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30 Years Of Redskins Coaches

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Marty Schottenheimer and Daniel Snyder were destined to butt heads. Photo credit LESLIE E. KOSSOFF/AFP/Getty Images.
Marty Schottenheimer and Daniel Snyder were destined to butt heads. Photo credit LESLIE E. KOSSOFF/AFP/Getty Images.

Of all the head coaching decisions made by Daniel Snyder — a continuum that spans the legitimate to the ridiculous — hiring Marty Schottenheimer made the least practical sense. On the surface, one could argue that Schottenheimer’s iron-fisted, ‘my way or the highway’ approach was the perfect detoxing agent for the laissez-faire management style of his predecessor, Norv Turner. 

Where Turner would ask kindly and meekly for a player’s commitment to the team and the organization, Schottenheimer mandated it. With a roster littered with players in D.C. to get paid and with the expectation of a participative, democratic approach to decision making, there was merit to employing Schottenheimer and his dictatorial style. 

With full control of the team and player personnel, King Marty’s omnipotence even neutered Snyder’s influence. The impact on the team was swift. Self-centered players like Deion Sanders — retired before the 2001 season — and Jeff George — released early in the season in favor of Tony Banks, for crying out loud — were offloaded and the Redskins began a transformation from overpaid and soulless to blue collar and substantive.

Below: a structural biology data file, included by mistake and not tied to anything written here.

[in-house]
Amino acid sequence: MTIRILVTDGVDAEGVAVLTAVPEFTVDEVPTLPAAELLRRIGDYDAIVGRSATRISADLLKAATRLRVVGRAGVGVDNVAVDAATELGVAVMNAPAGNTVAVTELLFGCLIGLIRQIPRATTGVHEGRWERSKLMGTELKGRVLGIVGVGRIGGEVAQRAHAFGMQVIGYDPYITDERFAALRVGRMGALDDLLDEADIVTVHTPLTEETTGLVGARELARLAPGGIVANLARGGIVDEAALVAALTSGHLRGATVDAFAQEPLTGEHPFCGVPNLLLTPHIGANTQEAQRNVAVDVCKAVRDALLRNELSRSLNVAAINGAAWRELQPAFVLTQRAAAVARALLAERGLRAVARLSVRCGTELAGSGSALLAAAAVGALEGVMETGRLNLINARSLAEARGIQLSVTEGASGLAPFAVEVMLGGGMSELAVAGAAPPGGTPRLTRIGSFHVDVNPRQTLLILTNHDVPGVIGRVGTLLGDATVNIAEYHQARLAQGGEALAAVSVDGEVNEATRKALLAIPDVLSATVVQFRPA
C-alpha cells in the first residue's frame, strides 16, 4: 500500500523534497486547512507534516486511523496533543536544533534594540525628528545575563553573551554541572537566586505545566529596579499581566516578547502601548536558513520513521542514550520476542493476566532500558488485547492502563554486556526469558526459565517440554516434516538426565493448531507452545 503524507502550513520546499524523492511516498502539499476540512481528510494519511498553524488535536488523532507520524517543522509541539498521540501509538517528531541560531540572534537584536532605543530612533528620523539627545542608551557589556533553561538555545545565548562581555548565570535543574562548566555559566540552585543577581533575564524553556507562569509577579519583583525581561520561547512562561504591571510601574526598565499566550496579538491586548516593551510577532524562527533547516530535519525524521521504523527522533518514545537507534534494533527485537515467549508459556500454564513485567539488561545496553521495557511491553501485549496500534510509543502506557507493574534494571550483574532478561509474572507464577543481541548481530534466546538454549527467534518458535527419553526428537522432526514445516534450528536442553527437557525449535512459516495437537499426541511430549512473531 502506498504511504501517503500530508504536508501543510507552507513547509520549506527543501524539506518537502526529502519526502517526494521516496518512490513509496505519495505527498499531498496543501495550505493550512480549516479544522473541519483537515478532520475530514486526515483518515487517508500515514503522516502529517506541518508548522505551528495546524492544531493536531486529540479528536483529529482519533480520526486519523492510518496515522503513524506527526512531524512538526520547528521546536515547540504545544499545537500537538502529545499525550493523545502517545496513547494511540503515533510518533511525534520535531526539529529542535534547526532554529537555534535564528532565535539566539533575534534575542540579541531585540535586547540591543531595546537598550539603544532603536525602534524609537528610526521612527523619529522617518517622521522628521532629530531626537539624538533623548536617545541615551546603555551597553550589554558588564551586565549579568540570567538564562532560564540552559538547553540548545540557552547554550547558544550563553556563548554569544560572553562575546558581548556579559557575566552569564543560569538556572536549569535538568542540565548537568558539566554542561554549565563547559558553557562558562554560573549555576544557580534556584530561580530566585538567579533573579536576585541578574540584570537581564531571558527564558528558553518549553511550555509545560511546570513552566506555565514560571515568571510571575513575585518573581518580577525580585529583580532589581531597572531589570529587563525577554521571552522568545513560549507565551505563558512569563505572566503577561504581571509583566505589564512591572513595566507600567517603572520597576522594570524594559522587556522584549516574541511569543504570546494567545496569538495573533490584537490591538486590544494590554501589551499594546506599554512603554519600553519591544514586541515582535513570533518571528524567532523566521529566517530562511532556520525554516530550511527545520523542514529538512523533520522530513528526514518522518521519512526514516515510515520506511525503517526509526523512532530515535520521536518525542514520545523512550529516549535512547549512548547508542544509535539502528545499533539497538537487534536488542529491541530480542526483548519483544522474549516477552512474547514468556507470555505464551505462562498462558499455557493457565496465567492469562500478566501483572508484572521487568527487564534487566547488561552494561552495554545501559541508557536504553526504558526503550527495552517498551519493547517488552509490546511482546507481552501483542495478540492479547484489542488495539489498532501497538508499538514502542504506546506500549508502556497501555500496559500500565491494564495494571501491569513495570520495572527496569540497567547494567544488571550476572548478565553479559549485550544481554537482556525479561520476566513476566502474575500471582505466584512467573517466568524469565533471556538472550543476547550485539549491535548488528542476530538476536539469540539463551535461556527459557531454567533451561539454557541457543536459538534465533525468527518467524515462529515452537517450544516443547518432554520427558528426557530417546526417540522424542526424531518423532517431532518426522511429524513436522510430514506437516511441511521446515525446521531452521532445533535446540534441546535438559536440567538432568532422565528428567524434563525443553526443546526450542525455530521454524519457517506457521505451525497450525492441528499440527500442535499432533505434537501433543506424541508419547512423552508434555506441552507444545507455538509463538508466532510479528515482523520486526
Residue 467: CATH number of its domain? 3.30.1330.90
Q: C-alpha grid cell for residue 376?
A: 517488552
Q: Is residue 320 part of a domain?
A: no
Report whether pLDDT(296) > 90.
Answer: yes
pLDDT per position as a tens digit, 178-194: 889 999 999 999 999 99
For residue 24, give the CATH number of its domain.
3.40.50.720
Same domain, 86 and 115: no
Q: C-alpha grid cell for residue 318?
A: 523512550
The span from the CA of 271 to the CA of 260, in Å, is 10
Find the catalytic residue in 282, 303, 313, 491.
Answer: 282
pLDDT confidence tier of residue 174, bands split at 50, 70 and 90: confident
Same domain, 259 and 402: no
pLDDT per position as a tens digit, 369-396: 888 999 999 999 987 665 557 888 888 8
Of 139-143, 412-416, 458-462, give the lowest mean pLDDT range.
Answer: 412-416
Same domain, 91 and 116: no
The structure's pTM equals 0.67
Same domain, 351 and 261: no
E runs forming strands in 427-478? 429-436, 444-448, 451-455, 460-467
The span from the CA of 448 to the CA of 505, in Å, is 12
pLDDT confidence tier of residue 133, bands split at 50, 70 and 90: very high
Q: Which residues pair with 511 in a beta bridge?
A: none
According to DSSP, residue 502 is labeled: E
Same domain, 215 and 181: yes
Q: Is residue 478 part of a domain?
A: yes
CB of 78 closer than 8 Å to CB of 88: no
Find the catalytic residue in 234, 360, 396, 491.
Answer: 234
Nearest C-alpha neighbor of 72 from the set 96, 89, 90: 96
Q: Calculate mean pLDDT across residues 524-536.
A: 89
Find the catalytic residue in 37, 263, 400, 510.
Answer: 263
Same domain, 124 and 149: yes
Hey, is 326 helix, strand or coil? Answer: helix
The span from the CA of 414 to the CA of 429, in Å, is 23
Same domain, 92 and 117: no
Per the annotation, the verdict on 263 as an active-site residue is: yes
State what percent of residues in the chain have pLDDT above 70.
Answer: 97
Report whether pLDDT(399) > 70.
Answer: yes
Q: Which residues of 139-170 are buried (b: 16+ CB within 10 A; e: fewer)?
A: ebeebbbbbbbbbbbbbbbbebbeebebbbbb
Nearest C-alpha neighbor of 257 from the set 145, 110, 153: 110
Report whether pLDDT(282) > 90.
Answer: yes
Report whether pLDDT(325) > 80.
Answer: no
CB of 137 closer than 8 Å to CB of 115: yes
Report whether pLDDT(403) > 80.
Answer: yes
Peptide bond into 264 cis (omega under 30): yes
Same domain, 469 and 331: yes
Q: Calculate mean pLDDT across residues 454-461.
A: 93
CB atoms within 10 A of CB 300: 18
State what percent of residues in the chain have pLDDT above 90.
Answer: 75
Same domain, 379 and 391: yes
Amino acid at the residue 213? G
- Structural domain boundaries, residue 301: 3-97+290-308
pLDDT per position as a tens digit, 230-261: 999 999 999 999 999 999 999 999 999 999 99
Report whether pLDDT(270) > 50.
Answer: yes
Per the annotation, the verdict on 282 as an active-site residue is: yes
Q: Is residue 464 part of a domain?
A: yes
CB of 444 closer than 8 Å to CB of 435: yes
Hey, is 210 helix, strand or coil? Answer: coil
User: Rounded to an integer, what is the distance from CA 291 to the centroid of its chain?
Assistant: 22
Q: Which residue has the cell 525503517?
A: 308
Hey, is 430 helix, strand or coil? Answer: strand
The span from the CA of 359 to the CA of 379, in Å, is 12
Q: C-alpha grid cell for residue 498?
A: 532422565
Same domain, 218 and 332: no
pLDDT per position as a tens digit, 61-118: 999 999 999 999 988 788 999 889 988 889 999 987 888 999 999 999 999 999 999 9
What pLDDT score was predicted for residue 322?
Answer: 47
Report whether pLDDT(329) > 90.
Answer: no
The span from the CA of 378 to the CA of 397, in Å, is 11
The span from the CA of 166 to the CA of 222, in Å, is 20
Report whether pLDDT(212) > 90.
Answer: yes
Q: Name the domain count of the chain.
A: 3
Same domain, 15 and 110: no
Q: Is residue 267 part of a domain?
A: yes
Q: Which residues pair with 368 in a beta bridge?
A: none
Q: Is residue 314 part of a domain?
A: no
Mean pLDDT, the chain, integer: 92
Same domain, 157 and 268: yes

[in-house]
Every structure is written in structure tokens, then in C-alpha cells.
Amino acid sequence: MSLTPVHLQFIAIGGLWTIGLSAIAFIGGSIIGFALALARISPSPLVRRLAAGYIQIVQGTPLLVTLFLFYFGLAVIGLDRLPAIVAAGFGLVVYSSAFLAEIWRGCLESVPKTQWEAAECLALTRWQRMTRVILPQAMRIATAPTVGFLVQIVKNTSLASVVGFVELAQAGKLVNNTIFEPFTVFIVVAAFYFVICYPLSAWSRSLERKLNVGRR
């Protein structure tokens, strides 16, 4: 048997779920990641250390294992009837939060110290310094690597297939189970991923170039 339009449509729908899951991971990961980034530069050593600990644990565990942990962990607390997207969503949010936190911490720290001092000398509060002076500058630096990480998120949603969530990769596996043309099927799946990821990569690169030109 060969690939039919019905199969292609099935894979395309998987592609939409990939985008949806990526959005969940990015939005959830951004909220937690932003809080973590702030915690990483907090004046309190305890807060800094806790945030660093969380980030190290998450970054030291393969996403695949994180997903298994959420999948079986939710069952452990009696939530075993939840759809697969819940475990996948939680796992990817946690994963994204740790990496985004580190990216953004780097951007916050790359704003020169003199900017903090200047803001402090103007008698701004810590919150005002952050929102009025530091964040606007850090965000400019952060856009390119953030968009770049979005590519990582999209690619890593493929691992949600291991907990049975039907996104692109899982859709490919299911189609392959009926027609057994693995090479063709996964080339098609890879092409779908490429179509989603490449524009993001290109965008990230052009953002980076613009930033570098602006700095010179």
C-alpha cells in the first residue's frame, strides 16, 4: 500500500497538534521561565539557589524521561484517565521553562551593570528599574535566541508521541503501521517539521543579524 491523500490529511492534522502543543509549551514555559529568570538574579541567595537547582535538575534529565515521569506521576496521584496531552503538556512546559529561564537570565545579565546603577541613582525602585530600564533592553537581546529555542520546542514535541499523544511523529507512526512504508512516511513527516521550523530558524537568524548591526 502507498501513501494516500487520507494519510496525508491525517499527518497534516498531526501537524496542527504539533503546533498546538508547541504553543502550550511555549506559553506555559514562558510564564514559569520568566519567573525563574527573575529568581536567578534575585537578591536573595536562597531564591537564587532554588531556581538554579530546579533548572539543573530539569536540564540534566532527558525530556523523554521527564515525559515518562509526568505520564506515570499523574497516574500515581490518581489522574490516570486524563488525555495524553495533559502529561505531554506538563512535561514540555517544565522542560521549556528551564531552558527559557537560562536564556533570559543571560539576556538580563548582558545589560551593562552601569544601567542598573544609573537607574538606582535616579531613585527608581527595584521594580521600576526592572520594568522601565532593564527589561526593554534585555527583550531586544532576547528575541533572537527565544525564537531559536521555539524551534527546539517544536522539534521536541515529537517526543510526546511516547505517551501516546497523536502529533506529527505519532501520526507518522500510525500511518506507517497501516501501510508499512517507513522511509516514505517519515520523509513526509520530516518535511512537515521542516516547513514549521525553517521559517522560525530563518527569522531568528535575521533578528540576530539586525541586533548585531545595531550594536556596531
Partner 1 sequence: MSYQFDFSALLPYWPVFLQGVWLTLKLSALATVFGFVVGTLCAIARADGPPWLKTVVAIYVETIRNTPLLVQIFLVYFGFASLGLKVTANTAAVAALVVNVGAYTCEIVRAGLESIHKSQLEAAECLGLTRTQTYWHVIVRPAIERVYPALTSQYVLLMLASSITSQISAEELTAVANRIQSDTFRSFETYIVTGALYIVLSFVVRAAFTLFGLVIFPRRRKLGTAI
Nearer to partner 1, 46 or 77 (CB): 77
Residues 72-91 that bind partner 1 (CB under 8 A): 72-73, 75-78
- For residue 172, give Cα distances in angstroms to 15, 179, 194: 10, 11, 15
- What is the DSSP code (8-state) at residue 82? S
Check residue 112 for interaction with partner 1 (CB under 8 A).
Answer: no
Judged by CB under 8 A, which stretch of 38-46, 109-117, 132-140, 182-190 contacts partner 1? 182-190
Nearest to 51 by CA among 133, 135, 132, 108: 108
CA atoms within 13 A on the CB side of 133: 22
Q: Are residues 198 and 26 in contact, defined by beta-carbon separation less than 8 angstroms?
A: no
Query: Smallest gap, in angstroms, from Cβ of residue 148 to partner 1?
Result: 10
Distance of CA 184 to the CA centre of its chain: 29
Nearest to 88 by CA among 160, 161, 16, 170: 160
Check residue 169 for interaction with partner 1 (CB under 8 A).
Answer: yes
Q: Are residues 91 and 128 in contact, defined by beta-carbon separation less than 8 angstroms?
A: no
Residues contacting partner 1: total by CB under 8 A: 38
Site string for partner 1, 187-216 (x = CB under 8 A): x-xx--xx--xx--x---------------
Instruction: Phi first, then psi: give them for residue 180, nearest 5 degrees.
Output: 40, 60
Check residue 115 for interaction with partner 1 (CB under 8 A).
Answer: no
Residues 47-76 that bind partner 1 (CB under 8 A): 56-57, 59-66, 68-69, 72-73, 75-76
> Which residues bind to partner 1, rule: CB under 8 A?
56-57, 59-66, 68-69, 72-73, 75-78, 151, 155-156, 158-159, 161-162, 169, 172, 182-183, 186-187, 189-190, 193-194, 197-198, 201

The culture shock contributed to a dubious 0-5 start, but the team won eight of its last 11 to finish 8-8 — a season that ironically mirrored Joe Gibbs’ first season in D.C. It seemed the days of fiscal extravagance and headlining acquisitions were out and those of frugality, discipline and hard work were in.    

And therein lies the problem: Daniel Snyder, circa 2001 (he’s gotten a little better, I think), wasn’t in a place as an owner to delegate decision making, let alone to someone as conservative, old school, equally egotistical and, as I’m sure he perceived it, boring as Marty Schottenheimer. Snyder wanted to be in the mix, in the headlines and relevant. The ‘Skins were his toy and he wanted to play with it; Schottenheimer wasn’t sharing.

So after just one season into the experiment, Snyder attempted to wrestle back control of personnel decisions from Schottenheimer. The coach refused, leaving Snyder with only one option: to fire him and stroke a multi-million dollar “divorce” check.

Schottenheimer exited D.C. as an unemployed but very rich man.    

Redskins fans like to romanticize about the progress Schottenheimer made and what might have been had Snyder’s ego and need to entertain himself not intervened. Such opinions are based on nostalgia skewed by the debacle that was Schottenheimer’s successor (teaser).

Would Marty Schottenheimer have turned the Redskins into a 10-12 win team and an annual playoff contender? Probably. But all those promising seasons would have surely ended prematurely and with fans lamenting several infuriatingly conservative play calls at critical moments — that’s what Schottenheimer does.

Do you think Drew Brees would have ever become Drew Brees and broken Dan Mario’s single-season passing record playing run-run-pass-punt “Marty-ball”? Snyder didn’t necessarily err in firing Schottenheimer; his mistake occurred in picking his successor.